Stick your head out the winder and sniff the air: there’s a blizzard of badness brewing, and it’s not blowing over anytime soon. Sure, the political leaders, bullies, and other villains of various venoms are dominating the headlines, but these days the list of troublemakers extends well beyond the usual suspects.
From their home base in the Heartland, Tulsa, Oklahoma’s BRONCHO have a unique vantage point from which to survey the sins. Churning out thoughtful, nuanced rock and roll with an art school spirit and a punk rock heart since 2010, the band’s fourth album, Bad Behavior, finds them leaning into their strengths for their strongest effort yet. Following the catchy, playful vibe of previous albums Can’t Get Past the Lips (2011) and Just Enough Hip to Be Woman (2014), as well as the deliberate sonic intent of 2016’s sludgy, moodier art piece Double Vanity, the new record reveals BRONCHO’s fly-on-the-crumbling-wall vision of our moral climate, complete with a reenergized, accessible sound and the charmingly sardonic, smiling-while-sneering delivery of singer and bandleader Ryan Lindsey.
“It’s a reflection of the current world: everybody’s been acting badly over the last few years so we made a record about it,” Lindsey says. “There are multiple ways of portraying something as ‘bad,’ and there are moments of self-reflection throughout the record as though we could be talking about ourselves—but not necessarily. It’s observational, like we’re looking through muddy binoculars from a distance. It’s a blurry mirror image of the times from where we sit.”
Lindsey (vocals/guitar) and the band—Nathan Price (drums), Ben King (guitar), and Penny Pitchlynn (bass)—are a tight unit who have seen their songs featured at influential TV and radio and have toured the U.S. and Europe, including arenas with the likes of Queens of the Stone Age, The Growlers and Cage The Elephant. In the gritty warehouse district of Downtown Tulsa they have carved out a physical place for themselves, an industrial blank space where BRONCHO can experiment with sounds, performance, visuals, and more. It’s where they recorded Bad Behavior with producer Chad Copelin in the first half of 2018, a controlled process that allowed them to work at their own pace and by their own standards, almost like a secret club.
Bad Behavior slinks and purrs with a sense of lascivious flirtation. Lindsey sings with a mischievous twinkle in his voice, peppering his verses with suggestive uh-ohs and ahhs and at times barely pushing out his words to the point of whispering. Lines like “You caught me in the weekend/You caught me with your boyfriend” (“Weekend”) and “I got a thing for your mother/I got a thing to teach your father” (“Family Values”) match the primal pulse of the songs’ moods and vibes, and their pop sensibilities create a world where T. Rex, Tom Petty, The Cars, and The Strokes collide. “Keep It in Line” chimes along to a driving, pepped-up beat and serves as both the album’s catchiest moment and its closest swerve toward ethical commentary, as Lindsey’s narrator demands to be reminded of his place in the world while attempting to submit to his misgivings.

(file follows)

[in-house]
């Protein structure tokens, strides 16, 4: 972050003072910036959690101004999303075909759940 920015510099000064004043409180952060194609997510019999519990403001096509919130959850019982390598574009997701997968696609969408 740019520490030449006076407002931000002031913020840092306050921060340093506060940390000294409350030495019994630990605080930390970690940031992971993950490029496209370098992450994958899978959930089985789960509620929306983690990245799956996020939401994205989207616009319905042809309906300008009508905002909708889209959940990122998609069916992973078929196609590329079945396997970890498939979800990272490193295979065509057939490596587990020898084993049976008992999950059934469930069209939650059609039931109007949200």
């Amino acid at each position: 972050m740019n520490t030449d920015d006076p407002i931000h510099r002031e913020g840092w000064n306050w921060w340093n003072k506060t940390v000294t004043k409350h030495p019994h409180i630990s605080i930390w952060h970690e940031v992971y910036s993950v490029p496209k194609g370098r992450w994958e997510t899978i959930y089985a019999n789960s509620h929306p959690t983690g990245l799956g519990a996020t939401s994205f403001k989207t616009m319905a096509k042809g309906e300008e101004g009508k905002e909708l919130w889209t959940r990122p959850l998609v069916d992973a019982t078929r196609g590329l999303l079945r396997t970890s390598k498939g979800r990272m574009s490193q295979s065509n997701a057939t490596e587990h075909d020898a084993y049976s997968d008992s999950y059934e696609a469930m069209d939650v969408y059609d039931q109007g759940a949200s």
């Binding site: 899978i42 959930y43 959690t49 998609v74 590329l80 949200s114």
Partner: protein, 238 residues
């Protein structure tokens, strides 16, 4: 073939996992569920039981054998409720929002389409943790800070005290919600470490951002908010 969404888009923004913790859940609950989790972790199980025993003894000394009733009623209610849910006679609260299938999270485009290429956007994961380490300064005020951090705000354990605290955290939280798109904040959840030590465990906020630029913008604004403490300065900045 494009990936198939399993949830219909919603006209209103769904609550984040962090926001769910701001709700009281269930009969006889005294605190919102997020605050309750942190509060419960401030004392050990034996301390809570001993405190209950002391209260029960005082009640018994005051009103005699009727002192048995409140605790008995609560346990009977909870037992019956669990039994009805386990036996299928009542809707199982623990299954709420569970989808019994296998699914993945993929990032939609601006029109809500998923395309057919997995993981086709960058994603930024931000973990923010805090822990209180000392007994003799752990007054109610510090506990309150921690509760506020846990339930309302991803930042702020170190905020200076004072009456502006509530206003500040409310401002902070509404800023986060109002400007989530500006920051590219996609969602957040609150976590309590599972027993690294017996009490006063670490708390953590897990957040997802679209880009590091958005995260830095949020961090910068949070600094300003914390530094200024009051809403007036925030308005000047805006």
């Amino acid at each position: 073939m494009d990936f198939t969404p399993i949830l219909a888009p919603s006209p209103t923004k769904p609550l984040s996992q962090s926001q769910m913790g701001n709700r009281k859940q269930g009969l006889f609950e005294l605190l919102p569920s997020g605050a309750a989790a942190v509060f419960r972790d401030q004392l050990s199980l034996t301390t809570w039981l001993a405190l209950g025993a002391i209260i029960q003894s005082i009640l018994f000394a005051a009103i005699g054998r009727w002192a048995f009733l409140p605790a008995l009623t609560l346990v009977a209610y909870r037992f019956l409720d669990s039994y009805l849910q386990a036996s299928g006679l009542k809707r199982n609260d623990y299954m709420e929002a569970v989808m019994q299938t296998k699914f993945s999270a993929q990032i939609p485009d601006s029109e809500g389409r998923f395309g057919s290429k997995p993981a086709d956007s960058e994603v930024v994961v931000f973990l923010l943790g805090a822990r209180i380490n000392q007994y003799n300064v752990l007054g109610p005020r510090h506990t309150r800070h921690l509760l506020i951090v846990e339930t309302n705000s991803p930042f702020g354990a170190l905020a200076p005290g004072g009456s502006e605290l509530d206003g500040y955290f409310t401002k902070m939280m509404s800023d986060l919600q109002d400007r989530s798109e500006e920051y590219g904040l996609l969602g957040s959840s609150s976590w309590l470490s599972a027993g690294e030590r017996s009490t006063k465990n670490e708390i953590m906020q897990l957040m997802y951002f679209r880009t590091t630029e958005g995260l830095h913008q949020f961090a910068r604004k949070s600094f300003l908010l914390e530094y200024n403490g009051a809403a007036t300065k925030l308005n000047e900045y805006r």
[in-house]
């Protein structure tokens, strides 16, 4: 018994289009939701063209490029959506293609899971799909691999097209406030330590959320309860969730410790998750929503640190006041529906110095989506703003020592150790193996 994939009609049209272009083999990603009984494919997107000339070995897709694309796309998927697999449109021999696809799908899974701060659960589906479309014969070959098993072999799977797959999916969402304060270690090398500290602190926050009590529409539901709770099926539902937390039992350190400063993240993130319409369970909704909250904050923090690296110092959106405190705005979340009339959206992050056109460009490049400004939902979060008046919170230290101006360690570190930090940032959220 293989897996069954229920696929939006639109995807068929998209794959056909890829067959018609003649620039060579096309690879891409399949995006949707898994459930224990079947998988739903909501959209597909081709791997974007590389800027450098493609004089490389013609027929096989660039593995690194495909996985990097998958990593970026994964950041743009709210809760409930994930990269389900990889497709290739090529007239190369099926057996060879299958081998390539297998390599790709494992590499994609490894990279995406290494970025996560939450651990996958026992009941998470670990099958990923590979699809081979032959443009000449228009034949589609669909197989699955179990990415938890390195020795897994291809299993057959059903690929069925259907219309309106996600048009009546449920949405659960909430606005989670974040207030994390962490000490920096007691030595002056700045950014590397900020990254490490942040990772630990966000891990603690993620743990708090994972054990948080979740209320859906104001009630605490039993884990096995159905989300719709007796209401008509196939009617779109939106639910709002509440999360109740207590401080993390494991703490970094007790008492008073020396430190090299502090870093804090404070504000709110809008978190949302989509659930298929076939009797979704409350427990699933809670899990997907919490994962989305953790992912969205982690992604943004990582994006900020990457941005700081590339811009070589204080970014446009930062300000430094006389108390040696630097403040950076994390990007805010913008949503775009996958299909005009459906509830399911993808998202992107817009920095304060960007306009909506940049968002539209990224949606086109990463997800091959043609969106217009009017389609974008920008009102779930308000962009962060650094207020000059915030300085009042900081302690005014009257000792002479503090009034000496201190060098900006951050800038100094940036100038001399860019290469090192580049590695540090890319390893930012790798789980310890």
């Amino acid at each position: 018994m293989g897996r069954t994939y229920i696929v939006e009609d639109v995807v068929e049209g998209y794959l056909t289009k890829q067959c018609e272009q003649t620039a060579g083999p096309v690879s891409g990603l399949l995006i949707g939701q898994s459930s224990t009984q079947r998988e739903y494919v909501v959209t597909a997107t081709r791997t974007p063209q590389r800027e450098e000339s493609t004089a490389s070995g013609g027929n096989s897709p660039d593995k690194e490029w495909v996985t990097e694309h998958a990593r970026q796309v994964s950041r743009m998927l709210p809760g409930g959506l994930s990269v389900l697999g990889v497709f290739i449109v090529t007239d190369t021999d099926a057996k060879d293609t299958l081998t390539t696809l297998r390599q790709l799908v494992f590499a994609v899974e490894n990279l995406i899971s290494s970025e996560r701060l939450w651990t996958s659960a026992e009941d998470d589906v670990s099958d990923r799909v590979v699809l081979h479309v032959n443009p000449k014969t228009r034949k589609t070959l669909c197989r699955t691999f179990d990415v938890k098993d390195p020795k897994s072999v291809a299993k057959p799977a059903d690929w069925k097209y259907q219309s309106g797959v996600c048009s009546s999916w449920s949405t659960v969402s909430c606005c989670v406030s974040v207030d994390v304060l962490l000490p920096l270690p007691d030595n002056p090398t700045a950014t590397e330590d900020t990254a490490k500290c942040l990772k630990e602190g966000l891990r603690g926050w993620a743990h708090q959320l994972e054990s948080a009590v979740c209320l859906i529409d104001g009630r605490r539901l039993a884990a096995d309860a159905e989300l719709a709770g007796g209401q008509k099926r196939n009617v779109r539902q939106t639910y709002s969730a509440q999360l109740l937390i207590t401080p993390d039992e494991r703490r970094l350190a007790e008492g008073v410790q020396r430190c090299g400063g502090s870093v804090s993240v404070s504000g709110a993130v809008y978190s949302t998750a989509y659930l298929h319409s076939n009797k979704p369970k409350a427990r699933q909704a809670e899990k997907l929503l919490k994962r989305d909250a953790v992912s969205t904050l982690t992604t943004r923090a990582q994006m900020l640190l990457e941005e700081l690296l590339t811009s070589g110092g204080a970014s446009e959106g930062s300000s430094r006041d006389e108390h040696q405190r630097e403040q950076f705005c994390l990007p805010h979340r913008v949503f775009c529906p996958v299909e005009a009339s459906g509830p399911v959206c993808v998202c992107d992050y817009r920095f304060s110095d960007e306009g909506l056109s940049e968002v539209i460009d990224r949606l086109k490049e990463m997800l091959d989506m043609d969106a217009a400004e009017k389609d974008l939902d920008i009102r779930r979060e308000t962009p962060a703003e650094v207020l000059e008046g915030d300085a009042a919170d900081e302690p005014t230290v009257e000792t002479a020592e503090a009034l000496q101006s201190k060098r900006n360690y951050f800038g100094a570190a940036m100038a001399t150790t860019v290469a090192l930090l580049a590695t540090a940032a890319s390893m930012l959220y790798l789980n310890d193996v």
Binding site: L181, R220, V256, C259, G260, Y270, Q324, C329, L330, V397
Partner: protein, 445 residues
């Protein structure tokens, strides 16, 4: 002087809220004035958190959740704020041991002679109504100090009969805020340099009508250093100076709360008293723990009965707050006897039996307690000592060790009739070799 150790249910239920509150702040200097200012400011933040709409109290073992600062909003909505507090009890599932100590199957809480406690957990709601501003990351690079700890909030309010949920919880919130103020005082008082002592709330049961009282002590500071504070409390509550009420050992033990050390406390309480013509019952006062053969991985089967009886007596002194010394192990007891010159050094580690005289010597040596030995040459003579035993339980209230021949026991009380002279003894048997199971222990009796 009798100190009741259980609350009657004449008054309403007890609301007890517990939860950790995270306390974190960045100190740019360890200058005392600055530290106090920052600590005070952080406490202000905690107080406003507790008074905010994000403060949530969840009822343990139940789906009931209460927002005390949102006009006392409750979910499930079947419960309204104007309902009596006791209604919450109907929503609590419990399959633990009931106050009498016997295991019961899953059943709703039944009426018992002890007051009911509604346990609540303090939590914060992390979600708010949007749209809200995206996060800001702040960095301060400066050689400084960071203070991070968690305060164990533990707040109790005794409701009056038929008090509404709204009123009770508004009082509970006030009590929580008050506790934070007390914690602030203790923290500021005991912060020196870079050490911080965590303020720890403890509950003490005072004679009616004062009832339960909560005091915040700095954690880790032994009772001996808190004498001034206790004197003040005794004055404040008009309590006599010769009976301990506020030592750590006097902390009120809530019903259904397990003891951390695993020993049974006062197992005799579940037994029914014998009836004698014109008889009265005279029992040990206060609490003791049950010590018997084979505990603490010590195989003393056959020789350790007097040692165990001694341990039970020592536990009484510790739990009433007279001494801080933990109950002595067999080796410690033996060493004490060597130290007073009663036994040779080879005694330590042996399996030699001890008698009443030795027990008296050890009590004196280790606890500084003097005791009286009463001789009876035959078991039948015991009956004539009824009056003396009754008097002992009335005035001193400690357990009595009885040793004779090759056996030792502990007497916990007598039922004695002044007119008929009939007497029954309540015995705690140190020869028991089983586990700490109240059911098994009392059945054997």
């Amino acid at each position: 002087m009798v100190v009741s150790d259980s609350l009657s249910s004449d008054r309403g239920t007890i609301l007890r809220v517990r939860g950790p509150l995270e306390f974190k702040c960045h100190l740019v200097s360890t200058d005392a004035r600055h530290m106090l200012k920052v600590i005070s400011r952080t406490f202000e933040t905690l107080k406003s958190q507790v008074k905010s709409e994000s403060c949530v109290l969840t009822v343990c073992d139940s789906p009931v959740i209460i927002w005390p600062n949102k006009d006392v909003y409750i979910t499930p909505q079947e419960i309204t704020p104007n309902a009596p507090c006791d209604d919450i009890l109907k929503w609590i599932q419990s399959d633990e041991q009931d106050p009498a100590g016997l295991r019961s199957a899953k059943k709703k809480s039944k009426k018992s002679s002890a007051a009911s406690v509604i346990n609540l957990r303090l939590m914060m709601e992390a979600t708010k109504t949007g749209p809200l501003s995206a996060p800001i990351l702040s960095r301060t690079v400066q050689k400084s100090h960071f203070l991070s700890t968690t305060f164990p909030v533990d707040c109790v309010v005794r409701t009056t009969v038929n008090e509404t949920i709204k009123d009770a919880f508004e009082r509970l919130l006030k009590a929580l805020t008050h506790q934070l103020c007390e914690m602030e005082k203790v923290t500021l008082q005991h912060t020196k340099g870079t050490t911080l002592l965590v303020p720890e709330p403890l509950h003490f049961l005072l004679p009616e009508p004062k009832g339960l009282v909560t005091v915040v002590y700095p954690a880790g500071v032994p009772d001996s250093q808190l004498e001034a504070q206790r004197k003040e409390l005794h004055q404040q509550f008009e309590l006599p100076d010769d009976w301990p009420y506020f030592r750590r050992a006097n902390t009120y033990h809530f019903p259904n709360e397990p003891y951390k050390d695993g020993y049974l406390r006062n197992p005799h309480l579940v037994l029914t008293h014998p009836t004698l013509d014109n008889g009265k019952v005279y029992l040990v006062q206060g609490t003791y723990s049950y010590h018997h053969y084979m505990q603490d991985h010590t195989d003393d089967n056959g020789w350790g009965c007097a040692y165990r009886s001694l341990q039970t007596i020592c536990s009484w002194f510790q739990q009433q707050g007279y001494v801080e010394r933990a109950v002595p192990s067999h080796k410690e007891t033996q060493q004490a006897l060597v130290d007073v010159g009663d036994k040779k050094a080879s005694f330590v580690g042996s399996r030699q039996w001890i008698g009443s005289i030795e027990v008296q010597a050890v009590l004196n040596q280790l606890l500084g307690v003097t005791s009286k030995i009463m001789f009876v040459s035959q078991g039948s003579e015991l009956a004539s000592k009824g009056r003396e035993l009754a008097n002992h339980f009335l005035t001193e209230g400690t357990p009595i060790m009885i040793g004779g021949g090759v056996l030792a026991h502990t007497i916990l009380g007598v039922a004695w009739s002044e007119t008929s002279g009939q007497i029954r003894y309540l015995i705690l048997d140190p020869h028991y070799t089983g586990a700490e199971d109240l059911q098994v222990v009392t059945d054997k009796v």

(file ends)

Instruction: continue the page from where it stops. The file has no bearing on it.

The result is less an act of penance and more of honest reproach, an ultimate judgment that is matched in its directness only by the following track, “Sandman,” an overt yearning for pleasure that Lindsey calls the band’s answer to The Chordettes classic “Mr. Sandman.”
The record is filled with references to religion, sin, drugs, vice, and scandal bubbling just under the surface. It’s a palette familiar to anyone who has ever turned on the evening news, which Lindsey admits was a huge influence on him. “Through the writing process I watched a lot of CNN, and man there’s a lot of bad behavior there,” he says. “Not to mention that there’s a company making money off of people watching their depiction of it all. From an entertainer’s standpoint I get what they’re doing, calling everything ‘breaking news’ and keeping people glued, but taking up that kind of space can’t be good for society. Although it’s pretty fun to watch.”
Can all this unsavory activity exist without taking sides? Lindsey holds tight to his role as a relayer and is comfortable with leaving it to the audience to cast their own lot. “We’re assuming that everybody is coming from a certain set of values, but ultimately that’s impossible,” he says. “There’s a lot of people who think a certain way about the world and aren’t as shocked by these things. Maybe we’re simply trying to start the conversation. The best news is just a report of what’s going on, without bias. This record is a non-biased, non-profit reporting on what’s going on in the world. Part of it’s an exploration in solving those problems, on a personal level and ultimately on a cultural level.”
Bad Behavior represents a picture of a band that have crushed their own commercial expectations and are doing what they want to do at their own pace. They’ve cleaned the slate and quietly made a return with urgent, bonafide pop songs. If you want to catch a whiff of Bad Behavior, simply stick your head out the window and breathe.